John Horgan in Scientific American:
Philip W. Anderson speaks in a slow, deliberate growl, pausing between sentences to ponder his next move. His basal expression, too, is deadpan. But like some exotic ceramic in an unstable state, Anderson’s mood can flip in an instant between different modes.
Discussing a conference he just attended, the Nobel laureate and professor of physics at Princeton University recalls a session on cancer with obvious delight. The talks left him marveling at the “layers upon layers upon layers” of error-correction mechanisms that enable genes to replicate with scarcely a mistake. Researchers, he exults, will have to discover profound new principles to account for this phenomenon.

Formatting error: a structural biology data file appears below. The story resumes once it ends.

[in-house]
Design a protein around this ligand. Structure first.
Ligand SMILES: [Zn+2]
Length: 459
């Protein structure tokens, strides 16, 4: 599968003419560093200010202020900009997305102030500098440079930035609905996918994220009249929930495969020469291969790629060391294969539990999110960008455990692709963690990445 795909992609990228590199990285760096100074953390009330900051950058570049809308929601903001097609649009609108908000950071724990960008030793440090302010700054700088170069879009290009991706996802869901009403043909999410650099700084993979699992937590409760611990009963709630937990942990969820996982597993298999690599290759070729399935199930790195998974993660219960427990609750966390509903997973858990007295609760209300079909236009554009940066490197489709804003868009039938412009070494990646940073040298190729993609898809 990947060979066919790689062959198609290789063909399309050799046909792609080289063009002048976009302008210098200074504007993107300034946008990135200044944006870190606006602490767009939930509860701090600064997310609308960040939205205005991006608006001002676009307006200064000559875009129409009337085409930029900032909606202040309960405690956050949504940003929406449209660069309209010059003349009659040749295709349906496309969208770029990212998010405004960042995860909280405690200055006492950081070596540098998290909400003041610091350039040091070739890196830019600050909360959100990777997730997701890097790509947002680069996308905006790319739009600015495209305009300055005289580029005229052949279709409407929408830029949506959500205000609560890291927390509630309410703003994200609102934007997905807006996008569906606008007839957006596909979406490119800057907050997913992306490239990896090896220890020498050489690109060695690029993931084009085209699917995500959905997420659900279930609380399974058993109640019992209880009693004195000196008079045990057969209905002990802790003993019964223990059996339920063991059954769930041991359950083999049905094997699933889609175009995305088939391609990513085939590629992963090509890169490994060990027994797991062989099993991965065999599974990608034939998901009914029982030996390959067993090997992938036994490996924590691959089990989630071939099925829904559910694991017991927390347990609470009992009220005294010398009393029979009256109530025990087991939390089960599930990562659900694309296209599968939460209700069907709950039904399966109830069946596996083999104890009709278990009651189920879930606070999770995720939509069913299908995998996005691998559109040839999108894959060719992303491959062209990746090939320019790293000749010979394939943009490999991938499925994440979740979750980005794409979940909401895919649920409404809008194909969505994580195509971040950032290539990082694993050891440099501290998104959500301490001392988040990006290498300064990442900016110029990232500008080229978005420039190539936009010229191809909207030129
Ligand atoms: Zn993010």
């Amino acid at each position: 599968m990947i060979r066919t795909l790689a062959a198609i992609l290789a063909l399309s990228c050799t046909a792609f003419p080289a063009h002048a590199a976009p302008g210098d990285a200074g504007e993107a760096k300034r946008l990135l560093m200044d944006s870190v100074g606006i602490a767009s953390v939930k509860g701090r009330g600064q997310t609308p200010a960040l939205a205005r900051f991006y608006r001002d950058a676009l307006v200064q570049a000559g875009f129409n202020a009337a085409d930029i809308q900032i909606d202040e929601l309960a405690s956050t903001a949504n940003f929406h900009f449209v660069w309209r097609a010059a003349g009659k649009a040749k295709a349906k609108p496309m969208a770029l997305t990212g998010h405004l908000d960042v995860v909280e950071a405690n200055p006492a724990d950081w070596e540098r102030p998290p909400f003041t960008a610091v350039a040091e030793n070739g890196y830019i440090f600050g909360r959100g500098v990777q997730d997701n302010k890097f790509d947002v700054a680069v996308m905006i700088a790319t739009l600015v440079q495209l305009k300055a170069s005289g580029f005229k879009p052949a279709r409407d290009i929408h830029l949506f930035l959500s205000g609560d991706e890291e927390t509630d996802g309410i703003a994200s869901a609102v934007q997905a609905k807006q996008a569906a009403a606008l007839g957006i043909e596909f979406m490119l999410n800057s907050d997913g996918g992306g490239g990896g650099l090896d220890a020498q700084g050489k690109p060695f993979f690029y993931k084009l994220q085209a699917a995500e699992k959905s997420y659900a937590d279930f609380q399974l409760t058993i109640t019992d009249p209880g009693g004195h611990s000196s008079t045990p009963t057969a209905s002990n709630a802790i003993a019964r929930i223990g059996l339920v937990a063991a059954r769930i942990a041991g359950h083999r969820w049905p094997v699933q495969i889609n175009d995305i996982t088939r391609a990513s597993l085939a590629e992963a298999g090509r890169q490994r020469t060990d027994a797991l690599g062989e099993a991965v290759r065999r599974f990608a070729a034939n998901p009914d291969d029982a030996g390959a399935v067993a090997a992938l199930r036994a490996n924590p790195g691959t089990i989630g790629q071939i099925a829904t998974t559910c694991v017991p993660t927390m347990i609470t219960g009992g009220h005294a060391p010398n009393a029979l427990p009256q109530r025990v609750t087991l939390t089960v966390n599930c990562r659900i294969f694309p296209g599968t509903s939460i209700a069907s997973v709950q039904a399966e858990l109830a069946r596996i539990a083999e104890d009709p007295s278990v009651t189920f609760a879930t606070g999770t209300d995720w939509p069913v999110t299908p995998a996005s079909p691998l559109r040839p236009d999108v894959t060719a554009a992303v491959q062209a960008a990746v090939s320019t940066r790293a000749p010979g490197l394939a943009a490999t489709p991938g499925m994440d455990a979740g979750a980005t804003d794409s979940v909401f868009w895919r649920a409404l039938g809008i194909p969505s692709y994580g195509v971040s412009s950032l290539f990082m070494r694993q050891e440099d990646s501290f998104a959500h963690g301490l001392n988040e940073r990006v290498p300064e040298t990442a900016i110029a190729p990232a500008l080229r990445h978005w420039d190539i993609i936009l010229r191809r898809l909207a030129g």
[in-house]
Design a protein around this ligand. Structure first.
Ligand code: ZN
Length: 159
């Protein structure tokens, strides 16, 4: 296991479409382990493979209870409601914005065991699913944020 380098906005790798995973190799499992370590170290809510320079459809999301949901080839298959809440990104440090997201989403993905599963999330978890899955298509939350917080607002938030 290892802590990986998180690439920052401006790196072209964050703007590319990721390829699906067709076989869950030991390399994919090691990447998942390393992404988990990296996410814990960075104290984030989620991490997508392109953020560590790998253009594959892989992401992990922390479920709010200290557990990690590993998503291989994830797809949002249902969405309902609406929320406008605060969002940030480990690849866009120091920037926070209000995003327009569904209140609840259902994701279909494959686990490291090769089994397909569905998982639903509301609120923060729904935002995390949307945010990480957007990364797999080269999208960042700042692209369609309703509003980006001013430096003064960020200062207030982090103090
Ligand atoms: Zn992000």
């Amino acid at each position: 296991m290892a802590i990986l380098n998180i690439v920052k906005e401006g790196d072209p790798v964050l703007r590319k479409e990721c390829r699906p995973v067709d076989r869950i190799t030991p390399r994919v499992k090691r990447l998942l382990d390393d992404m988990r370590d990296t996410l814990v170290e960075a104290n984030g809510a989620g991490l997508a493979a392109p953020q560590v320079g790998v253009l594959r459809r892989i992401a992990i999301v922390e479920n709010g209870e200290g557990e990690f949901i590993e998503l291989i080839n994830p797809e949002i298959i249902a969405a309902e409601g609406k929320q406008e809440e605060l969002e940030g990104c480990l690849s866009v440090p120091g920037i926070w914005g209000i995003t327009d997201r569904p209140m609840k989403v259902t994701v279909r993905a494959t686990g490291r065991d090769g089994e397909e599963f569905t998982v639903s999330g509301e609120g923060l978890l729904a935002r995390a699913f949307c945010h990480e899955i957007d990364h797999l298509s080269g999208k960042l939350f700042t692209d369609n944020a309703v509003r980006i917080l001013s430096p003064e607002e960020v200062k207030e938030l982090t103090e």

On the other hand, a session on his own specialty, high-temperature superconductors, was “horrible.” Anderson accuses researchers of “looking under the streetlight” instead of venturing away from known territory for solutions to their problems.